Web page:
The Artists have beaten the Writers, the equestrians are chasing Sunday’s $300,000 Grand Prix, politicians are playing propaganda games with the Earth’s lungs, and this Southampton disc jockey is somehow successfully holding it together between half-hour interviews and 20-minute naps.
I’m sure I’m not alone in saying Tumbleweed Tuesday — that glorious Day after Labor when the East End traditionally receives a breather from the tourist swell — burns brightly on this brain.
There is never enough time for anything in August. But the amount of local art it holds is unbelievable.
On Monday, August 19, The Heart of the East End on 88.3 WPPB FM began with Full Moon Arts Center’s Ronnie Wiener, as well as Full Moon Art Collective power couple Jonathan and Ellen Pearlman, who had come on-air to promote FMAC’s first group show on view noon to 6 PM Fridays and Saturdays through September 14. I’d recalled seeing Jonathan’s work in an East End Arts show several years back and sat transfixed before we went on the air as he regaled us with stories about an idol of mine — and personal friend of his — high-wire wonder, Philippe Petit. How he’d watched Petit perform with Marcel Marceau in Washington Square; how Petit pens wires across mountain ranges in landscape coffee-table books; how he’d used a mixture of disguises and charm to gain access to military bases and other places Petit shouldn’t have been.
I recalled my father pointing out his signature on the outskirt edges of the Twin Towers’ top in 1999. It was a fleeting thought I’d have two years later as the iconic New York City skyline fixture fell into a mass of rubble, flames, and death, dawning a dystopian new normal.
On Tuesday, Sag Harbor registered nurse and photographer Linda K. Alpern flaunted a Rolleiflex in the studio and an impressive portfolio of black-and-white-film photographs that touched me deeply as a photojournalist. She showed painfully raw portraits of patients and even some of Tripoli Patterson as a tyke. I’d met him covering a story for the Sag Harbor Express as he opened his East Hampton gallery and felt wowed and cowed by his accomplishments, but mostly just inspired. “Add to Cart,” as a mentor of mine would say.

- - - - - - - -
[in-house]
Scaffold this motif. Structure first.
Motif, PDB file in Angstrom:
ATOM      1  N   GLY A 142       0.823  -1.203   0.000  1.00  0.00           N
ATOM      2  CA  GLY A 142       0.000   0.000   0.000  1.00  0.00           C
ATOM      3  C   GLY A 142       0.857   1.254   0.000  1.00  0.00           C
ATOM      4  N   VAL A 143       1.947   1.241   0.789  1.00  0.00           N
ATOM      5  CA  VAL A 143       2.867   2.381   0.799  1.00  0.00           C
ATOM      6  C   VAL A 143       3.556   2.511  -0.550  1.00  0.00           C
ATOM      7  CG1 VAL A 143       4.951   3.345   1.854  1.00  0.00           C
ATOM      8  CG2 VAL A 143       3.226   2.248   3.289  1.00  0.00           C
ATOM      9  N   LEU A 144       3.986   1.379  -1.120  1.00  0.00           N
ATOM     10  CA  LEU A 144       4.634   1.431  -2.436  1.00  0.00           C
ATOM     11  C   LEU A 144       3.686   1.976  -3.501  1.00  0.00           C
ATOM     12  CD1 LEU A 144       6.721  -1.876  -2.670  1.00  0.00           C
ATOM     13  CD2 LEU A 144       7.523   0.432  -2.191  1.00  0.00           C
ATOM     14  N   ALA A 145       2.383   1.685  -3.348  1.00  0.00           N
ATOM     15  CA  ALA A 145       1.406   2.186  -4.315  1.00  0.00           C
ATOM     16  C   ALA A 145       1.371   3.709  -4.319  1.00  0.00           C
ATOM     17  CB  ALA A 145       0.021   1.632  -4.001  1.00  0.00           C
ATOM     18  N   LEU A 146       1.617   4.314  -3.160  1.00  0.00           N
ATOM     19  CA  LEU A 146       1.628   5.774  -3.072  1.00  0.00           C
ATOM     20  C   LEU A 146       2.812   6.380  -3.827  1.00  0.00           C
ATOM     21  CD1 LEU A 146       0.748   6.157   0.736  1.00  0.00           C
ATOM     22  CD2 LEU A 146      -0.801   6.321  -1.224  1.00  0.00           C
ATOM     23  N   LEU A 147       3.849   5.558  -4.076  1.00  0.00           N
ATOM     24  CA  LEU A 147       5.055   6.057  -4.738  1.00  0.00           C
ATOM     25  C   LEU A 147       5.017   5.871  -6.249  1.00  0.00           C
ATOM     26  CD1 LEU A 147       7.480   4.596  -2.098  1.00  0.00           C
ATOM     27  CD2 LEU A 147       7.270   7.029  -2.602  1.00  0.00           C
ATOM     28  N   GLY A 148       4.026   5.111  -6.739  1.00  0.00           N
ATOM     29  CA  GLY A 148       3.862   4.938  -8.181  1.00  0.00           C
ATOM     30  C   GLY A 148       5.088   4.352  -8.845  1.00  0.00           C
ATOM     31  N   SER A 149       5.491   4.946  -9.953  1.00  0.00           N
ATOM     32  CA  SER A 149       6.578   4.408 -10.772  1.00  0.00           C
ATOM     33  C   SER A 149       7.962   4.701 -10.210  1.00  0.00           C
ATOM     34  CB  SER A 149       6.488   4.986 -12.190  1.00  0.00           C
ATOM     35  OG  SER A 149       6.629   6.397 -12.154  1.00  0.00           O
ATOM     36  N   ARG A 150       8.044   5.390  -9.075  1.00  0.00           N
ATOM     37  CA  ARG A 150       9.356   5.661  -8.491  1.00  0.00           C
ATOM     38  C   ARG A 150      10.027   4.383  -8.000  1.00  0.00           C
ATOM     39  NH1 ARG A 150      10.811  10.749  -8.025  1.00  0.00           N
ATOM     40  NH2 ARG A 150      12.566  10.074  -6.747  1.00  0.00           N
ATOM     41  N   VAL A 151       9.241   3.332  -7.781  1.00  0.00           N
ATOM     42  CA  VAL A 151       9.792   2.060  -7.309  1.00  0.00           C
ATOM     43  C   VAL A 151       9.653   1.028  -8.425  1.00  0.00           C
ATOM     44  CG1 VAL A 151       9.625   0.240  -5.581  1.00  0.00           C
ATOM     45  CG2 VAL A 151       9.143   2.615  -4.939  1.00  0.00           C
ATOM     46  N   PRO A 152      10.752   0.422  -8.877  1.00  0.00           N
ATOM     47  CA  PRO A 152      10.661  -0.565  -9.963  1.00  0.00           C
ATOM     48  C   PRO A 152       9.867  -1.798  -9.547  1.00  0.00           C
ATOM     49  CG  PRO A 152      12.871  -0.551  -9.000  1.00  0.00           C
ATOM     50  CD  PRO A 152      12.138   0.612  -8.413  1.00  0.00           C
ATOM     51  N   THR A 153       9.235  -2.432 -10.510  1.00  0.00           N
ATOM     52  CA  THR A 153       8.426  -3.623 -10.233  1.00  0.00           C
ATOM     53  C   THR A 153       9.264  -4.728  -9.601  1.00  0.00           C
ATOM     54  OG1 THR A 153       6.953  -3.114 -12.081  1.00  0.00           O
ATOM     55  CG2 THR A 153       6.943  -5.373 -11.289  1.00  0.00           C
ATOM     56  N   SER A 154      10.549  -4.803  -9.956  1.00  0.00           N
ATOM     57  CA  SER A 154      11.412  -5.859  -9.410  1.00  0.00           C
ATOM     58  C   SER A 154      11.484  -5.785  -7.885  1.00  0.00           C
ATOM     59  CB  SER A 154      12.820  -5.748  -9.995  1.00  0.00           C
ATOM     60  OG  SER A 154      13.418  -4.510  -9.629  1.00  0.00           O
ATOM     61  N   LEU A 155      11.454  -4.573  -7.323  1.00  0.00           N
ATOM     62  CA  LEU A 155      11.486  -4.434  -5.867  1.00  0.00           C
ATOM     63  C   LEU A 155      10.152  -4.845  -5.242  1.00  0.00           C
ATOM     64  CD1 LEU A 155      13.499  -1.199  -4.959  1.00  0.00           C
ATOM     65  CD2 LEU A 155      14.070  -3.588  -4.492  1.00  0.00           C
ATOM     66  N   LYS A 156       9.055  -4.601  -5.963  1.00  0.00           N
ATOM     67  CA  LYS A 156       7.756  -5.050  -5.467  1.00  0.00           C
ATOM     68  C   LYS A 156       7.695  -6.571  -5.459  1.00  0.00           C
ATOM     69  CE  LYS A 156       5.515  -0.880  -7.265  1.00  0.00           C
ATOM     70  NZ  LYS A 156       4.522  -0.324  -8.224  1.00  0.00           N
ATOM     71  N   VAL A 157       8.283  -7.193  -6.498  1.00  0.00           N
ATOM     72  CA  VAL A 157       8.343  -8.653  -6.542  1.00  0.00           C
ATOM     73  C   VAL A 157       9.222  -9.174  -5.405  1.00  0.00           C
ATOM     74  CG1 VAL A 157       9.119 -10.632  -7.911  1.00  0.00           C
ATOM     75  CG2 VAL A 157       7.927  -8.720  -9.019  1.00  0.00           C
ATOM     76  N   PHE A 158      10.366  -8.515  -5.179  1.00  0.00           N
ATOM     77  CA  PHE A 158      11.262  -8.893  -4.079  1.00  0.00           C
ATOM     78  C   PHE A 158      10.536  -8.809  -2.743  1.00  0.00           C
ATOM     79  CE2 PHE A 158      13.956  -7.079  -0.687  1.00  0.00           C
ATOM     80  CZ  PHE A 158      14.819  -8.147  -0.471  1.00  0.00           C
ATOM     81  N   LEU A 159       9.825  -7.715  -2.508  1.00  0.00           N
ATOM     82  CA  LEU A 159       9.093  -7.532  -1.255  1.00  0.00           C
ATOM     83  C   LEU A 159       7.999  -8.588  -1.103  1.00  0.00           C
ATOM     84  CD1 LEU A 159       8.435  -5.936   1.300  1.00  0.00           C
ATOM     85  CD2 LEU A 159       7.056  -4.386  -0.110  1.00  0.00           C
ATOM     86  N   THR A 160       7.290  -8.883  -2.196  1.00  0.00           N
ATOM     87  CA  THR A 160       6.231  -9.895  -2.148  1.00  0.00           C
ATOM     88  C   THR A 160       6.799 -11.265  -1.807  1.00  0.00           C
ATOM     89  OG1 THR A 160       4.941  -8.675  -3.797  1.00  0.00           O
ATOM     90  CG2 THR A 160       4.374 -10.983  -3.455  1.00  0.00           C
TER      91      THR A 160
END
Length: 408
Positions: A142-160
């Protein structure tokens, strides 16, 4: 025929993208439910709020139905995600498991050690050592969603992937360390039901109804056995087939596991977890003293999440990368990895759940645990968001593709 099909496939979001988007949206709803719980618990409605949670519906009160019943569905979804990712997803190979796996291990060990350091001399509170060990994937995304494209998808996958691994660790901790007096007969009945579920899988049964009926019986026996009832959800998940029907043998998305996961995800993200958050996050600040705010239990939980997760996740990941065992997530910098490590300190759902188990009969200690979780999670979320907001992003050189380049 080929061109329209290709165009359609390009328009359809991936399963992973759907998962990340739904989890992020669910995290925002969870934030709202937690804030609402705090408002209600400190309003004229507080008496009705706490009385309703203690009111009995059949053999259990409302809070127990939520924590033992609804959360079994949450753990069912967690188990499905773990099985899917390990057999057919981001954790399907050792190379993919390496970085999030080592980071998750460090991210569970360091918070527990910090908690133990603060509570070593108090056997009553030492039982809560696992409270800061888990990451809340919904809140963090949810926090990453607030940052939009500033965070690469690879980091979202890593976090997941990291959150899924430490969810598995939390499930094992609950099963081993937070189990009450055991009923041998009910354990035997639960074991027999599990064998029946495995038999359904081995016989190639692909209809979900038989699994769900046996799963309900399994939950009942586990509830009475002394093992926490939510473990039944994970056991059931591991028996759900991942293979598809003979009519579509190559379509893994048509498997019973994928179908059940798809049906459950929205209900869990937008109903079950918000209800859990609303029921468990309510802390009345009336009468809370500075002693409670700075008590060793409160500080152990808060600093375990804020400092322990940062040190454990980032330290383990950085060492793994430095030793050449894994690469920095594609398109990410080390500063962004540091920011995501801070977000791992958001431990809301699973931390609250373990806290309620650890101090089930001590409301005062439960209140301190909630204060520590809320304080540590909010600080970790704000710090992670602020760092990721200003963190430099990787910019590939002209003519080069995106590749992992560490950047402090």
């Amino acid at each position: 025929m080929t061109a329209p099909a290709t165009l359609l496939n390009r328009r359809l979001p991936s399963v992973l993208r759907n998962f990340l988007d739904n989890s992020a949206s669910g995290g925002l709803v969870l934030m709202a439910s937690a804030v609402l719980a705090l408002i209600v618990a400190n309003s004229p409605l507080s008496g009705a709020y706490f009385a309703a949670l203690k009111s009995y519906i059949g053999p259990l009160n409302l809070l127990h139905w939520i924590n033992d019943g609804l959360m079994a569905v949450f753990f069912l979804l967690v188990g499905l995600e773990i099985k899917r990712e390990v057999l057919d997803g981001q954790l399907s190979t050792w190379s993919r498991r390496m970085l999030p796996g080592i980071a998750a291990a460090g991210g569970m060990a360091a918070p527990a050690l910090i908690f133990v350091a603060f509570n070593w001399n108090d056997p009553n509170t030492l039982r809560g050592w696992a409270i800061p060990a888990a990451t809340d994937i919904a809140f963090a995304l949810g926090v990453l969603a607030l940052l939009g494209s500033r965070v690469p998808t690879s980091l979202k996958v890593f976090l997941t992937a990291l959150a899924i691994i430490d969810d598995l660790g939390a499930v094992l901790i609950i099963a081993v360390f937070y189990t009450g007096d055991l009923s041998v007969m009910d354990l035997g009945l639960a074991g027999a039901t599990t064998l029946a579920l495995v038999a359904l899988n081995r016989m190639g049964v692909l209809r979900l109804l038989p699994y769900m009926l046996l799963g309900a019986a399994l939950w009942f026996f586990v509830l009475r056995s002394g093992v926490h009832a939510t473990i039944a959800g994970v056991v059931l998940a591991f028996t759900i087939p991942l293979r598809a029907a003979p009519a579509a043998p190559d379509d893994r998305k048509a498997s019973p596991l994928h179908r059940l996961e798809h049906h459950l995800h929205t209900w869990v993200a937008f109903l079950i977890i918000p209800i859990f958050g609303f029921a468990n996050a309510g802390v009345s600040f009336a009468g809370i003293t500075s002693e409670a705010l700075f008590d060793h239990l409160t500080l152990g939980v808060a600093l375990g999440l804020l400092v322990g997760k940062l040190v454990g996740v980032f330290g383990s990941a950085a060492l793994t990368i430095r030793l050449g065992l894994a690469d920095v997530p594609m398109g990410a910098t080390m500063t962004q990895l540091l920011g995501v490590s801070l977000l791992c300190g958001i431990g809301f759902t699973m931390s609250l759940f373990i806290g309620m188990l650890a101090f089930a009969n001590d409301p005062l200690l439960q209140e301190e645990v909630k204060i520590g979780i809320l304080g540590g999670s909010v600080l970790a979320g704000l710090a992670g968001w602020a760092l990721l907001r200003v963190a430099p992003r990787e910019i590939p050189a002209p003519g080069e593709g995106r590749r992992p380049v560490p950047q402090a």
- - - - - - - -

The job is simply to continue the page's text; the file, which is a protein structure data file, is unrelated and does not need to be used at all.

Alpern is searching for registered nurses to photograph for her upcoming photo book. You can become one of those nurses by shooting her an email at firstname.lastname@example.org. I sure recommend doing so.
East Hampton’s Eva Growney of Ensouled Hearts touted her mindfulness series, which she will be continuing at the Amagansett Free Library, when she stopped by WPPB on Wednesday, August 21. Joe Lauro and Gene Casey of the Hoodoo Loungers and Gene Casey & The Lone Sharks, respectively, came by Thursday to promote the August 25 Bash at Mash fundraiser for Sag Harbor’s Mashashimuet Park, as well as the season finale of Greenport’s Dances in the Park in Mitchell Park & Marina, plus the bands’ rare double-billing at “My Father’s Place” at The Roslyn Hotel.
Their interview was followed by a market talk visit with Hampton Bays farmer Rachel Bristel Stephens of Sweet Woodland Farm, and her 13-year-old daughter, Rayna, who makes gluten-free treats with her company, The Witching Well, as well as Modern Primal Soap Company’s Carly McCallister, all of whom can be found at a number of local farmers markets, including the Good Ground Farmers Market on Thursdays between 3 and 7 PM in Hampton Bays, across the street from the fire department. Since The Heart of The East End is brought to listeners, in part, by that market, I’ve invited vendors to stop in for the last three Thursdays the market is scheduled to pop up this season.
Friday’s Media Mavens discussion had a surprise guest in William Ris Gallery’s Mary Cantone, who joined the conversation with Indy’s own Bridget LeRoy and the East Hampton Star’s Chrissy Sampson Nower, before “Last Comic Standing” finalist DC Benny, aka Ben Wartofsky, stepped into the studio to promote the first of several comedy performances he hopes to bring to the North Fork at Erik’s Breakfast & Lunch in Southold. James Beard Foundation Award-winning chef Erik Brown made Saturday night’s event dinner for a show with stand-up comic Kendra Cunningham where Wartofsky previewed material for a new comedy album.
North Fork Promotion Council president and local hotelier Duncan Kennedy, of The Duncan Inn in Jamesport, as well as gallery owner Alex Ferrone of the Alex Ferrone Gallery, also stopped in Friday, August 23, to talk about the first of three events sponsored in part by WPPB, the North Fork Art District Tour, which included a dinner and art auction at Southold’s A Lure Chowder House & Oysteria. The next one is set to occur September 15. Tickets can be purchased online at www.northforknow.org/art-district-tour.
Originally published on indyeastend.com